Between the Shabby and the Sublime

My speculation is that we ought to acknowledge the low or shabby aspects without dismissing the high or sublime, and we ought to hold up the high or sublime aspects without disdaining the low or shabby. And the sublime that we seek or find is usually gifted to us as an outcome of a lot of work that can feel shabby.

For the title of this post, I’ve riffed on an idea of the great Polish poet Adam Zagajewski (1945-2021.) I will use his splendid essay “The Shabby and the Sublime” from A Defense of Ardor to frame my thinking about aspects of vocation. Zagajewski meant “shabby” and “sublime” in tight correlation with “low” and “high” poetic styles. I will use “shabby” and “sublime” more loosely to refer to a range of applications to vocation.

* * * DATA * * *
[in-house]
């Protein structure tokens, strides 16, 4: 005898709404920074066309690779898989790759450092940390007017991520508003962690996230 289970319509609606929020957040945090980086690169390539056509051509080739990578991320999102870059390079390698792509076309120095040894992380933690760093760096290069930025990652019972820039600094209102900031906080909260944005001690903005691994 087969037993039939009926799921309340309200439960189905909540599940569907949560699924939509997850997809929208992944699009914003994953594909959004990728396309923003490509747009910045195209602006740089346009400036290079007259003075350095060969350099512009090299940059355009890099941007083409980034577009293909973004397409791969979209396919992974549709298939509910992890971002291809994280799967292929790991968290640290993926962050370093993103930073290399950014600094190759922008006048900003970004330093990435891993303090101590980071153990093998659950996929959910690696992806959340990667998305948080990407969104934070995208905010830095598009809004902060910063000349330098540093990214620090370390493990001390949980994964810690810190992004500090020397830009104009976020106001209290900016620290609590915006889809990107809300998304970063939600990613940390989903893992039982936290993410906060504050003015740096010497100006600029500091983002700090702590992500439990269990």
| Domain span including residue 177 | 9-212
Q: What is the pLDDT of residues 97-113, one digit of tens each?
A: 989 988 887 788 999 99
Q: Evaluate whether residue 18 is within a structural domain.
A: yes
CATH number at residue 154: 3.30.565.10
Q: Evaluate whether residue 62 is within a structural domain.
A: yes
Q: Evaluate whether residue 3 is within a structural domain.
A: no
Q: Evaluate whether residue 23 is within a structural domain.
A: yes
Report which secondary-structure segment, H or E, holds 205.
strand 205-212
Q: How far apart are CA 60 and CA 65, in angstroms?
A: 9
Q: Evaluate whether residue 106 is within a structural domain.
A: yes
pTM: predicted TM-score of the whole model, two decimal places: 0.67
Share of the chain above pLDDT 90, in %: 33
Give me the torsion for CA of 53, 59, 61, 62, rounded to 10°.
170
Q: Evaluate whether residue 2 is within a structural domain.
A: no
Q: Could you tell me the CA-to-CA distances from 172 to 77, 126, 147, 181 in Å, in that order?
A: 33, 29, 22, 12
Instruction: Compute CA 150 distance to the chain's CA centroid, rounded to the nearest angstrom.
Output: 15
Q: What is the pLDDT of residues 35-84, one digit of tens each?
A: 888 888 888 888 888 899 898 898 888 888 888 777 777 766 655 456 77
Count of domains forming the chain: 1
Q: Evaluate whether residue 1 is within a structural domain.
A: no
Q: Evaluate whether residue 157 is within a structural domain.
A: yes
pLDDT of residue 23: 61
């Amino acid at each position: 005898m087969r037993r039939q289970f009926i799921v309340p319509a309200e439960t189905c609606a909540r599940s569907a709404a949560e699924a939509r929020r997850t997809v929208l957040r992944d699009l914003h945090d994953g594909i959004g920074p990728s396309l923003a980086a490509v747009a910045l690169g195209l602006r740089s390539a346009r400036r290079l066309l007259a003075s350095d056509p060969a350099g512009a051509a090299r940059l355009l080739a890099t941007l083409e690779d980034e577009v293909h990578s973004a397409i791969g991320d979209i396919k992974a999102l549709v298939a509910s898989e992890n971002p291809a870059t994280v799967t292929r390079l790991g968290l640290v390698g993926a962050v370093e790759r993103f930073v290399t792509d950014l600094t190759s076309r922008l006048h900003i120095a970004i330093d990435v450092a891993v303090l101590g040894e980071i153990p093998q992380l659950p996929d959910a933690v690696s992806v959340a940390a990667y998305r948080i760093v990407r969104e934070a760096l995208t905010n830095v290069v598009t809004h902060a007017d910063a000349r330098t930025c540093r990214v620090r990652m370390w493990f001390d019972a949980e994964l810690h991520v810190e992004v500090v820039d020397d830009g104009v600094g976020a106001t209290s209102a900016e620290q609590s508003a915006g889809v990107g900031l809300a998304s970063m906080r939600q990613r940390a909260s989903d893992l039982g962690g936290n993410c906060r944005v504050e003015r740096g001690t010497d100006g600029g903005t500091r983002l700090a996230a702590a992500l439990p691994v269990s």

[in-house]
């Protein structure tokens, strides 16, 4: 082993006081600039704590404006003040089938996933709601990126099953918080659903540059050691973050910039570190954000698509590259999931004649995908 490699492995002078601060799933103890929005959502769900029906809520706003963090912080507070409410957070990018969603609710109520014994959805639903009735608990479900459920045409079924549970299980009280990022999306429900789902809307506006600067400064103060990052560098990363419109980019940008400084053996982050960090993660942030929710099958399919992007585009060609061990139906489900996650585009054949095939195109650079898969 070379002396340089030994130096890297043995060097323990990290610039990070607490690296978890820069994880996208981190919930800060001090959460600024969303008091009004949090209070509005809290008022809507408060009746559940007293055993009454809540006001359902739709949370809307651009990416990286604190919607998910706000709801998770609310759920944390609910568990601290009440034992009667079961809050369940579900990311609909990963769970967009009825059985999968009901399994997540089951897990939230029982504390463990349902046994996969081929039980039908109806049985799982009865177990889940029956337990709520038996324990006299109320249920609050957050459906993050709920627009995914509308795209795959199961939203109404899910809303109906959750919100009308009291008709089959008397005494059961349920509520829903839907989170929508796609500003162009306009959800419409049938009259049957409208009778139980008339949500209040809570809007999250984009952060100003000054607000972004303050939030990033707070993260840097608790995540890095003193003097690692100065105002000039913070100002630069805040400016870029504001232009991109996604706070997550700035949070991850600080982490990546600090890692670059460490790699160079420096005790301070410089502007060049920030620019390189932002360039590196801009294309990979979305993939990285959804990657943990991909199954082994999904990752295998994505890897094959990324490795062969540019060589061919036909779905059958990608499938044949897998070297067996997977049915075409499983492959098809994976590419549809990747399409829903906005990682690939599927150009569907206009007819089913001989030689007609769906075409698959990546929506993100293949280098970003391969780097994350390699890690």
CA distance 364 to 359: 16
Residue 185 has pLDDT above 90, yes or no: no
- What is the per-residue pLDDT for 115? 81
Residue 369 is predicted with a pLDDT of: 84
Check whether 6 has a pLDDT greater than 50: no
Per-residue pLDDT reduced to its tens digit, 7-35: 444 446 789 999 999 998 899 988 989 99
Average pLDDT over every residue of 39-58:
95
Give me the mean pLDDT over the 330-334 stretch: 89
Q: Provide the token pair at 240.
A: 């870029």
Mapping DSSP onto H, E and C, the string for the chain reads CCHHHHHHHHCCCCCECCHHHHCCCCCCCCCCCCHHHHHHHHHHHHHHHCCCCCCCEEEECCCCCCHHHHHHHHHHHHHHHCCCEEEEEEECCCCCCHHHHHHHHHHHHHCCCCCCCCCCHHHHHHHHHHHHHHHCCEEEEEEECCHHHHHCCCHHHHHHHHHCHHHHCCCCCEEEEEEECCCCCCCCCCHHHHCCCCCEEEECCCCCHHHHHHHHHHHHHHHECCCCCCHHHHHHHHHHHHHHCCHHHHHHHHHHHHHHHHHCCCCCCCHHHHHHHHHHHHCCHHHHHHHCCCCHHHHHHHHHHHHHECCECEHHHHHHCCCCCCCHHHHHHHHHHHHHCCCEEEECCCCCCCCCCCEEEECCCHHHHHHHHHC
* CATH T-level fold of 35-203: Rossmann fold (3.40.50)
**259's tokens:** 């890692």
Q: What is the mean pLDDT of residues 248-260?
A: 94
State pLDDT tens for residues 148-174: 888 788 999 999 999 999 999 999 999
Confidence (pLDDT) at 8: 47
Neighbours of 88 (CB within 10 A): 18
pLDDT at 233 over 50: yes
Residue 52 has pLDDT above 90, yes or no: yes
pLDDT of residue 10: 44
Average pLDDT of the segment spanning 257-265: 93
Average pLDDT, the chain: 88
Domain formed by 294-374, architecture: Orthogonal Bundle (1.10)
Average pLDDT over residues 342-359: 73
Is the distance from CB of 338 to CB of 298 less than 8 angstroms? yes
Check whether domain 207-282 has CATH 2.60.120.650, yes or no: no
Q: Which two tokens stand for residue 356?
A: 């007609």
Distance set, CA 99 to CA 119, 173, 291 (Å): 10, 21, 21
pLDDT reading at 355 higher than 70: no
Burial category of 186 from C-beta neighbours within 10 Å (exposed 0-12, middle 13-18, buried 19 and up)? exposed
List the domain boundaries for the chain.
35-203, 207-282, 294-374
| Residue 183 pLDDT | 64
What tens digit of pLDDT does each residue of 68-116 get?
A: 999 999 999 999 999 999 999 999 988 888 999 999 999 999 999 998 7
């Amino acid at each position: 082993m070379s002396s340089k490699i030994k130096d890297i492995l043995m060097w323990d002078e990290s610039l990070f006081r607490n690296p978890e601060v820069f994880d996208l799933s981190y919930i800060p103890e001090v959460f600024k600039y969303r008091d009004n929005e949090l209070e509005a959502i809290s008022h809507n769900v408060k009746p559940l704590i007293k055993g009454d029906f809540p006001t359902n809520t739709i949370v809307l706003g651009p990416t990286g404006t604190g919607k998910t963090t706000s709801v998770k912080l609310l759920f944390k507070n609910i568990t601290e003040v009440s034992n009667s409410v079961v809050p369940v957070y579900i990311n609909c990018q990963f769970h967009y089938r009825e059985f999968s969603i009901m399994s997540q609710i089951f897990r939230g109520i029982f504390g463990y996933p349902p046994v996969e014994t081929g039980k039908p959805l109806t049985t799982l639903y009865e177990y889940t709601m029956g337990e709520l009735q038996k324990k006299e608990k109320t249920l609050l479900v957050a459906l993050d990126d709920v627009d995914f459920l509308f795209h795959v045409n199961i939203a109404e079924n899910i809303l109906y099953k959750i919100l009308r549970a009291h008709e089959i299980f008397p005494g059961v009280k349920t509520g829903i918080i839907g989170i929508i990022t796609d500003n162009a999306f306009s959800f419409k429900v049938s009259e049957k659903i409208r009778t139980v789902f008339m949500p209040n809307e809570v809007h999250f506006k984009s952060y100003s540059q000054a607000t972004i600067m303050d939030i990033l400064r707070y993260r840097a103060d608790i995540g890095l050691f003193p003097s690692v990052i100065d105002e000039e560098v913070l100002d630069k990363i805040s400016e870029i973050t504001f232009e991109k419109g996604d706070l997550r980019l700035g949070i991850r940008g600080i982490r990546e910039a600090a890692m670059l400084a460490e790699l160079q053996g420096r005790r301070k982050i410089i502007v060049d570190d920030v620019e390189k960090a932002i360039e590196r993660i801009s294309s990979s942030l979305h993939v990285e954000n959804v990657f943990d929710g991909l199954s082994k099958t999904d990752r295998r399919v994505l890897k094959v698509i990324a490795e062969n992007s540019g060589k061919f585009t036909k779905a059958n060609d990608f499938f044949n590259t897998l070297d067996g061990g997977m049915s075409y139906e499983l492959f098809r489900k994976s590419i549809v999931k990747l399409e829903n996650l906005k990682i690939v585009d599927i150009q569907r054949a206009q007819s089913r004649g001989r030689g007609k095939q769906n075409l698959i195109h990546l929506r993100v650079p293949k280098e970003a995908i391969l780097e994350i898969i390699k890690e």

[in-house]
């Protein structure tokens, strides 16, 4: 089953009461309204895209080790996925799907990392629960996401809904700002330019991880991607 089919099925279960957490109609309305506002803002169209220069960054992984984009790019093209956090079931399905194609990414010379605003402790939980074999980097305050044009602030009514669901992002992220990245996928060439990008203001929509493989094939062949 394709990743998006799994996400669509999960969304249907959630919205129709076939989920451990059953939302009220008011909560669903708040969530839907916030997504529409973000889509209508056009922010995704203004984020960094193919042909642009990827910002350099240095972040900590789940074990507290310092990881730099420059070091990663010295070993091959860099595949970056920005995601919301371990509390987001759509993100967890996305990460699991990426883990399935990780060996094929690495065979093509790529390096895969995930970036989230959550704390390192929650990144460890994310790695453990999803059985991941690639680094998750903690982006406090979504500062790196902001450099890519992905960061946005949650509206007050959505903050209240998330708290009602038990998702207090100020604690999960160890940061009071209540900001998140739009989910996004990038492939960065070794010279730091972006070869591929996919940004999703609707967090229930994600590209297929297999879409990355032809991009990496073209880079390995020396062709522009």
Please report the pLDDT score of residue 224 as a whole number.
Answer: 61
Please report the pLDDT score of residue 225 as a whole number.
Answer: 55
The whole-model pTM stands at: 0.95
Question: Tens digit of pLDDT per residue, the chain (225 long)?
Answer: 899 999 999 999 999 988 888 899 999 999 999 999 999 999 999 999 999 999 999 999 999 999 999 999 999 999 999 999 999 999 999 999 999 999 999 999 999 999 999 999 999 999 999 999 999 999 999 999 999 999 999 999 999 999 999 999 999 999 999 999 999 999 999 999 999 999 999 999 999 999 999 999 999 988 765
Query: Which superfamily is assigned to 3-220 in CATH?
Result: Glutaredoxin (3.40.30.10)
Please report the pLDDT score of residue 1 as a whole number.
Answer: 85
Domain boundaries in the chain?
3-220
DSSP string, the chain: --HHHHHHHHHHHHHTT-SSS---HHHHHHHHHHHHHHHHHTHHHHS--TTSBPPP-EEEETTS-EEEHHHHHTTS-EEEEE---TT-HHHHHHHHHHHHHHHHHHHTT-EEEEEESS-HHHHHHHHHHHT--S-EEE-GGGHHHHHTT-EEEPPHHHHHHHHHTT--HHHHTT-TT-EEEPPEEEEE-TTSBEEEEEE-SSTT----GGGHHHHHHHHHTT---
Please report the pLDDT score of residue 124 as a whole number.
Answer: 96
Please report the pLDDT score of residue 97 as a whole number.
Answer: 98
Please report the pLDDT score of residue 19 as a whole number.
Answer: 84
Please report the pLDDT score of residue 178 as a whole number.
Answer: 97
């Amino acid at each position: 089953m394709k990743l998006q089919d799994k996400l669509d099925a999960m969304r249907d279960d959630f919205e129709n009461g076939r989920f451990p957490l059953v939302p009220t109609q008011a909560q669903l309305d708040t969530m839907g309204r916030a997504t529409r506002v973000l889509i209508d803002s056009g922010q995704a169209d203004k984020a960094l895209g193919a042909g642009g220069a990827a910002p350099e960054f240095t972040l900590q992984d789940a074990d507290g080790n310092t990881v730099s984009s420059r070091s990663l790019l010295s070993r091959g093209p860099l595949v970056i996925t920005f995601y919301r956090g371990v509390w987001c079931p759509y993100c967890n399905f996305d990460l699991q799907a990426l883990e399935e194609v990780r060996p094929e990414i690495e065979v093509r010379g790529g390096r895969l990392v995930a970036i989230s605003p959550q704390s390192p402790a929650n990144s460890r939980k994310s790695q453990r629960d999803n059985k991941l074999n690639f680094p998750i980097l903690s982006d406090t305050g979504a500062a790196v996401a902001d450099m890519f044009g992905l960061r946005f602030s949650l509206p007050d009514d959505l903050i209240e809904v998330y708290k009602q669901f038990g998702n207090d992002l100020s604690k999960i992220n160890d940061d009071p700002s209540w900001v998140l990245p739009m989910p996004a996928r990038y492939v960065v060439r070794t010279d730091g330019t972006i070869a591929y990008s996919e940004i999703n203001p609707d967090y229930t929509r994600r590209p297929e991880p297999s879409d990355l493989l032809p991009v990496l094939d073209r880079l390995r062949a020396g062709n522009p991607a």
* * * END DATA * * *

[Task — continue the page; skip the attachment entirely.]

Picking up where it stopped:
Please read his original essay if you’re interested in his thoughts about an ontological requirement of poetry not to exclude high style. Zagajewski offered a pointed critique of modern poetry and of our time’s preference for low style over high style, for a simplistic style that excludes expressions of the sublime in favor of shabby chatter. His diagnosis when comparing a thing in poor condition from hard use or lack of care and a thing that is beautiful or good beyond measure may surprise you.

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